The Napa Sanitation sewer system undoubtedly needs upgrading. A lot of development has happened over the last 50 years in Napa county putting a strain on the wastewater infrastructure. And the county undoubtedly needs a new jail. As the general population increases so does the criminal population.
Both tax hikes are needed because of the increasing urban development of the county. Unfortunately, as Volker Eiseley emphasized in his battle to preserve the Napa valley, and as every city budget on earth testifies to, development doesn't pay for itself. It doesn't. Residents now need to make up for the unfunded costs that developers didn't have to pay while building and profiting from their projects over this last half century leaving taxpayers to pick up the infrastructure costs. Like roads and sewers and schools and fire stations and jails. 10 or 20 years from now residents will again be asked to pay for the impacts of projects that are currently in the development pipeline that are not paying for the infrastructure impacts they create. 135 winery projects are currently approved or in the planning department seeking 1.5 million additional visitor slots/yr.. 3500 new housing units, 2000 hotel rooms, 3,800,000 sf of commercial/industrial space are all in the pipeline in Napa county. Each will pay impact fees intended for infrastructure development that are woefully under the actual cost of mitigating the impacts they create.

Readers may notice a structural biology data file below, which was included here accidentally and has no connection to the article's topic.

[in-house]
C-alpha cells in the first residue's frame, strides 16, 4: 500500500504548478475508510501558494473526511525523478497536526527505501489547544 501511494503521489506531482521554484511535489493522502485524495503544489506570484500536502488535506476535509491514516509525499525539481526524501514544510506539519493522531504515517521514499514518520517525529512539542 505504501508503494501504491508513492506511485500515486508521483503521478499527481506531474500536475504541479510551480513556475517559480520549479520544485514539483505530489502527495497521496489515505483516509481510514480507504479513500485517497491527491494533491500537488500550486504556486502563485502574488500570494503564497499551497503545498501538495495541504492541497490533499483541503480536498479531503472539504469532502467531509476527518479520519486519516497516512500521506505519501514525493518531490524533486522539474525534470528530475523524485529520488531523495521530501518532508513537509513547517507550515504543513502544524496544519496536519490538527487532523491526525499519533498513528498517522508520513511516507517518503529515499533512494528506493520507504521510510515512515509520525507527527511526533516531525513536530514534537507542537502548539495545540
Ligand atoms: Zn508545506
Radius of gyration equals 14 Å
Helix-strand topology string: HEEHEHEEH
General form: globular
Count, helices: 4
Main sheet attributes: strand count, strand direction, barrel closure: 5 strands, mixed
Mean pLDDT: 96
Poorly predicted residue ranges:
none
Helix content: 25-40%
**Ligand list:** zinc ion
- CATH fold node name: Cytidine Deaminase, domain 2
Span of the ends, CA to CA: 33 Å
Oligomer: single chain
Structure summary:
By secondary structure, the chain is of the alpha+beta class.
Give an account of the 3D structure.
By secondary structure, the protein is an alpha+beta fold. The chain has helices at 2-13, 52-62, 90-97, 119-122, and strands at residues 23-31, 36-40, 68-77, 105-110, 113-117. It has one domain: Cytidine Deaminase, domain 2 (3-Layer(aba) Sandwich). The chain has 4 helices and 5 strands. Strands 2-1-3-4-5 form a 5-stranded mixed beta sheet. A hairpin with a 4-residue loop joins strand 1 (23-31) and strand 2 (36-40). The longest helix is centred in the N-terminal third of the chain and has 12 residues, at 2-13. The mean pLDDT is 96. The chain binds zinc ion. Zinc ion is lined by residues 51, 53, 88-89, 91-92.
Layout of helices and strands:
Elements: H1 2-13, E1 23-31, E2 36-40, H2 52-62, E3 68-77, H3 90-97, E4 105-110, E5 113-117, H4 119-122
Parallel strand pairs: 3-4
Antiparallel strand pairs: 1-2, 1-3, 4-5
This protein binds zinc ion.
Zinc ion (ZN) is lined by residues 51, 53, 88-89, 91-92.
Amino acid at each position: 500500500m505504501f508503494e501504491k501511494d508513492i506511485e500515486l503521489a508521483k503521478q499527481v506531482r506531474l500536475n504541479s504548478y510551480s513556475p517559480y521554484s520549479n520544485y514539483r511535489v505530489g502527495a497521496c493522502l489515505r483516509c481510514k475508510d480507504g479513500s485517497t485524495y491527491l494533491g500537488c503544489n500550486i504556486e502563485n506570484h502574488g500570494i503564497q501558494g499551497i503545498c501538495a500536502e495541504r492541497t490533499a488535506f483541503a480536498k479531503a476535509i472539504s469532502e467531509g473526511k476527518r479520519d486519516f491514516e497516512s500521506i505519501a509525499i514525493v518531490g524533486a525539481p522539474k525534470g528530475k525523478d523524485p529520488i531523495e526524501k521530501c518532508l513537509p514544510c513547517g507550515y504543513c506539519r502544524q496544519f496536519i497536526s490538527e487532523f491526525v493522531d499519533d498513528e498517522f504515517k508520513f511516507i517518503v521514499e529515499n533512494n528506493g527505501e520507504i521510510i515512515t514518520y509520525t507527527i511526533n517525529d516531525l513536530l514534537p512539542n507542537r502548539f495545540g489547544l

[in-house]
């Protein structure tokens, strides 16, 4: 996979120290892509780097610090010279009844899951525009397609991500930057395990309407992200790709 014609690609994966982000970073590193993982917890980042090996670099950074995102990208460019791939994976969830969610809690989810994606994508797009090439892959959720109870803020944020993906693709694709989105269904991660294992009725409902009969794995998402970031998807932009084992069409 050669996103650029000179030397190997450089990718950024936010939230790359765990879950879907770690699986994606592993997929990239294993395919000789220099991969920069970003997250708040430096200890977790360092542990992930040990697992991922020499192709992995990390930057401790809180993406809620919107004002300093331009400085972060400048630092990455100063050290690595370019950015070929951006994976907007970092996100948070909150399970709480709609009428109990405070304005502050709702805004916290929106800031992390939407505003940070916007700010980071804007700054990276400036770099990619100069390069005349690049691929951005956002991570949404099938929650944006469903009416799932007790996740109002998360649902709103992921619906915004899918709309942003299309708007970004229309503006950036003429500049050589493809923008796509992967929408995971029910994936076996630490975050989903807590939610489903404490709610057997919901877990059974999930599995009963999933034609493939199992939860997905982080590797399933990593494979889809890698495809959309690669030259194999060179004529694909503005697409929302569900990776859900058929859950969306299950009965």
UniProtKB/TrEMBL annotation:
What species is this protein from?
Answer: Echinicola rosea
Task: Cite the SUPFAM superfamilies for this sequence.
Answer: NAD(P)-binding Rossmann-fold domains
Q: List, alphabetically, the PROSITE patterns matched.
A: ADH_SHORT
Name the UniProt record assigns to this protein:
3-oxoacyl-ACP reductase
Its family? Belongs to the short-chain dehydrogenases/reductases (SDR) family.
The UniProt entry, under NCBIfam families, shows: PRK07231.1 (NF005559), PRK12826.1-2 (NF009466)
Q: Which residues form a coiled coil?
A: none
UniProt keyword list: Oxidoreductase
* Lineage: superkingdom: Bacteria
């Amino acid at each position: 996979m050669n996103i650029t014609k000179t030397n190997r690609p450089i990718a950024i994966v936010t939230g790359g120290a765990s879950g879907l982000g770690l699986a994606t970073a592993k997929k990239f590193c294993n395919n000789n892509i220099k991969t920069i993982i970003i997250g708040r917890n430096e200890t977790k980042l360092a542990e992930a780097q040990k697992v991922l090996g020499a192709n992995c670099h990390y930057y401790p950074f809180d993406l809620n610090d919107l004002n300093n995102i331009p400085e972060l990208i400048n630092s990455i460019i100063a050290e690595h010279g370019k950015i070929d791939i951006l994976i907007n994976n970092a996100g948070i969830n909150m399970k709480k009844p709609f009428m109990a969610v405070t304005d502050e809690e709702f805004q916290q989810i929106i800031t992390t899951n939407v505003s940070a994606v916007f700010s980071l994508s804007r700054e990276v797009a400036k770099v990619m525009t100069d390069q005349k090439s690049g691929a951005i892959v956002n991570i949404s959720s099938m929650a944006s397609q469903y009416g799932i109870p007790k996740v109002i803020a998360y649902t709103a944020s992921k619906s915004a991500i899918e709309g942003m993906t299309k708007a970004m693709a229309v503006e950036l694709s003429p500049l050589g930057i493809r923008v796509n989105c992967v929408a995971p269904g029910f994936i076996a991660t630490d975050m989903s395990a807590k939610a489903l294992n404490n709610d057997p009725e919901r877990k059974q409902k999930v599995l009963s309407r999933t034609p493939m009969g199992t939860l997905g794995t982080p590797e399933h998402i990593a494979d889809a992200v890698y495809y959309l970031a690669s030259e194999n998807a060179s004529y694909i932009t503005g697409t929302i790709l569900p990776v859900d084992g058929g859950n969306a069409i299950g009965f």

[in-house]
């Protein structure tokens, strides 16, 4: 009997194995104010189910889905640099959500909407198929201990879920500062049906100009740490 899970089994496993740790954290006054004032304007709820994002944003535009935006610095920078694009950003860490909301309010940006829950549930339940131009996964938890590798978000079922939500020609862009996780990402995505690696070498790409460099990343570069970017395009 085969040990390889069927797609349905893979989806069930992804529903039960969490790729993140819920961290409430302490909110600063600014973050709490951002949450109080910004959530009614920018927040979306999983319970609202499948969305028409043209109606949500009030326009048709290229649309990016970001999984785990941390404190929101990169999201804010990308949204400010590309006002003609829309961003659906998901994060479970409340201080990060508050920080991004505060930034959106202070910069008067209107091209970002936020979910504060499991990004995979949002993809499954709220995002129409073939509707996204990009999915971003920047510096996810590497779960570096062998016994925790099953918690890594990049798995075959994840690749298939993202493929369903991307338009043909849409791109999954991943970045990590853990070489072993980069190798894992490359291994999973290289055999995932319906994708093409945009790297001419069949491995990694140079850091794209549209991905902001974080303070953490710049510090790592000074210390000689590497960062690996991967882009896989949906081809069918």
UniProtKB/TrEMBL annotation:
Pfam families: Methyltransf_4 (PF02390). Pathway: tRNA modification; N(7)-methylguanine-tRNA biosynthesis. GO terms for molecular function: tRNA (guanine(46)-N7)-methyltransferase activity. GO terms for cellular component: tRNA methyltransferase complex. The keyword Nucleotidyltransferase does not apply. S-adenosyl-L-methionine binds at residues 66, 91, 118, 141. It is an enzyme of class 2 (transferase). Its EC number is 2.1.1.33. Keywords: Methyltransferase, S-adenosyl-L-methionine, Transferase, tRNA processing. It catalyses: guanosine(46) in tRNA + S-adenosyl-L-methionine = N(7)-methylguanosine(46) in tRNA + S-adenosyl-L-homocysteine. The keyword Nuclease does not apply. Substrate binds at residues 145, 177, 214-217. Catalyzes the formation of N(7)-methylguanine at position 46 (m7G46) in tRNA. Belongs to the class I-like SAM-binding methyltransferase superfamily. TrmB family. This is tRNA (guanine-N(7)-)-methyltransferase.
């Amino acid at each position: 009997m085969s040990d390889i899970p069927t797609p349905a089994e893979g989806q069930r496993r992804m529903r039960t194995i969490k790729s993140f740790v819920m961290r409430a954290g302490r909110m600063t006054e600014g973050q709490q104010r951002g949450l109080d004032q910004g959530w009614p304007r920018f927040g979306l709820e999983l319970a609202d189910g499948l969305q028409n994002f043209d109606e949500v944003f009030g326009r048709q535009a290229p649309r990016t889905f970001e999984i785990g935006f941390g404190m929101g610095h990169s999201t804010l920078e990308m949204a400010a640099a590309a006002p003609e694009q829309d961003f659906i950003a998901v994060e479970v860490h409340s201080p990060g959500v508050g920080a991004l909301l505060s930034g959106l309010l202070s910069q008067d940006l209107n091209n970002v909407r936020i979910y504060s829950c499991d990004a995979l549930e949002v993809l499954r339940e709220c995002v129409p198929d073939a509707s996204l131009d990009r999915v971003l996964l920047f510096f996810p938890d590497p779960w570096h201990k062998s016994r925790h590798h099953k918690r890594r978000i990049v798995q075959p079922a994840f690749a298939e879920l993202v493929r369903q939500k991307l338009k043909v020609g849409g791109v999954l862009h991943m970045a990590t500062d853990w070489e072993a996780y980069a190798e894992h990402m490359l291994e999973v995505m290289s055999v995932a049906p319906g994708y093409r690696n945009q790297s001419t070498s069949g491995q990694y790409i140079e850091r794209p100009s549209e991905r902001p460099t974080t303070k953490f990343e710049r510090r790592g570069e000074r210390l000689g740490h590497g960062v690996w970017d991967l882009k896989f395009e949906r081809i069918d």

That is the price of continuing "growth": developers make a profit, and the residents of the communities that absorb the urbanization are left with urban ills and higher taxes. It is the lack of recognition that the projects we approve today under the guise of "economic development" benefit a few - at the cost of the quality of life of current residents now and of increased taxes on all residents in the future.
Why is it so difficult for governments to recognize that they can better serve their citizens by attempting to limit development, so that the issues of traffic and affordable housing and sanitation can be managed without the pressure of ever increasing demand coming down the pike? Do we need to answer that question? Developers provide the funding to elect government leaders. Developers help craft the laws that make development easier. Government leaders are absorbed into the development process claiming that "growth" generates taxes to better serve residents. It sounds good at the planning commission or in stump speeches. But if "growth" did actually pay for itself, the residents in large cities would pay lower taxes than the residents of small rural communities. New York should be tax-free by now. It is not the case.
When will we wake up and vote for leaders committed to stopping the urbanization of their communities and solving the development problems we already have? Everything that you don't want to happen to the place you live will happen as long as you continue to vote for "growth".
Occasionally there are candidates that recognize the fallacy of the "growth is good" dogma. Seek them out. Vote for them.